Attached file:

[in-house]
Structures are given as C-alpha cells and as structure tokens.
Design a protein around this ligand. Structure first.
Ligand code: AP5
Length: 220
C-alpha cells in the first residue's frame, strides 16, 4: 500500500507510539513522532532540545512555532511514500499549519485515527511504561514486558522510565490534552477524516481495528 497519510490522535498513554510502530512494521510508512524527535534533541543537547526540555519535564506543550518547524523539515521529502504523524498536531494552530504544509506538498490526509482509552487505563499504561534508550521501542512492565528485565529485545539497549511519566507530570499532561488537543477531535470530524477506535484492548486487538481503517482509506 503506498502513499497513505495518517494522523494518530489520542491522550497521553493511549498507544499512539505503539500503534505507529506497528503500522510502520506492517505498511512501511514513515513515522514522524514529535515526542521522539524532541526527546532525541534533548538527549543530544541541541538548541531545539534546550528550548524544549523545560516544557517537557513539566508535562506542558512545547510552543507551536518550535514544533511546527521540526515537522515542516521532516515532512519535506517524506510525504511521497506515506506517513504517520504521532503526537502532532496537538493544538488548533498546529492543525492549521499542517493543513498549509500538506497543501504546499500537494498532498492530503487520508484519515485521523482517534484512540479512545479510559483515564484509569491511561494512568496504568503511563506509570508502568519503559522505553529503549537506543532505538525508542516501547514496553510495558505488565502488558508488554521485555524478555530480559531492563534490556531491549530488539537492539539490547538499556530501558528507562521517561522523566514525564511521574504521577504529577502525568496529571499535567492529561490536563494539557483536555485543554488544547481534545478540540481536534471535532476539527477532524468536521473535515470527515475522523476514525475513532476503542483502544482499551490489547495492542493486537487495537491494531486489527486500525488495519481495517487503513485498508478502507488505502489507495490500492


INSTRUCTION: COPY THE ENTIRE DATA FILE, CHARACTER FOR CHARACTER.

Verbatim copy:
[in-house]
Structures are given as C-alpha cells and as structure tokens.
Design a protein around this ligand. Structure first.
Ligand code: AP5
Length: 220
C-alpha cells in the first residue's frame, strides 16, 4: 500500500507510539513522532532540545512555532511514500499549519485515527511504561514486558522510565490534552477524516481495528 497519510490522535498513554510502530512494521510508512524527535534533541543537547526540555519535564506543550518547524523539515521529502504523524498536531494552530504544509506538498490526509482509552487505563499504561534508550521501542512492565528485565529485545539497549511519566507530570499532561488537543477531535470530524477506535484492548486487538481503517482509506 503506498502513499497513505495518517494522523494518530489520542491522550497521553493511549498507544499512539505503539500503534505507529506497528503500522510502520506492517505498511512501511514513515513515522514522524514529535515526542521522539524532541526527546532525541534533548538527549543530544541541541538548541531545539534546550528550548524544549523545560516544557517537557513539566508535562506542558512545547510552543507551536518550535514544533511546527521540526515537522515542516521532516515532512519535506517524506510525504511521497506515506506517513504517520504521532503526537502532532496537538493544538488548533498546529492543525492549521499542517493543513498549509500538506497543501504546499500537494498532498492530503487520508484519515485521523482517534484512540479512545479510559483515564484509569491511561494512568496504568503511563506509570508502568519503559522505553529503549537506543532505538525508542516501547514496553510495558505488565502488558508488554521485555524478555530480559531492563534490556531491549530488539537492539539490547538499556530501558528507562521517561522523566514525564511521574504521577504529577502525568496529571499535567492529561490536563494539557483536555485543554488544547481534545478540540481536534471535532476539527477532524468536521473535515470527515475522523476514525475513532476503542483502544482499551490489547495492542493486537487495537491494531486489527486500525488495519481495517487503513485498508478502507488505502489507495490500492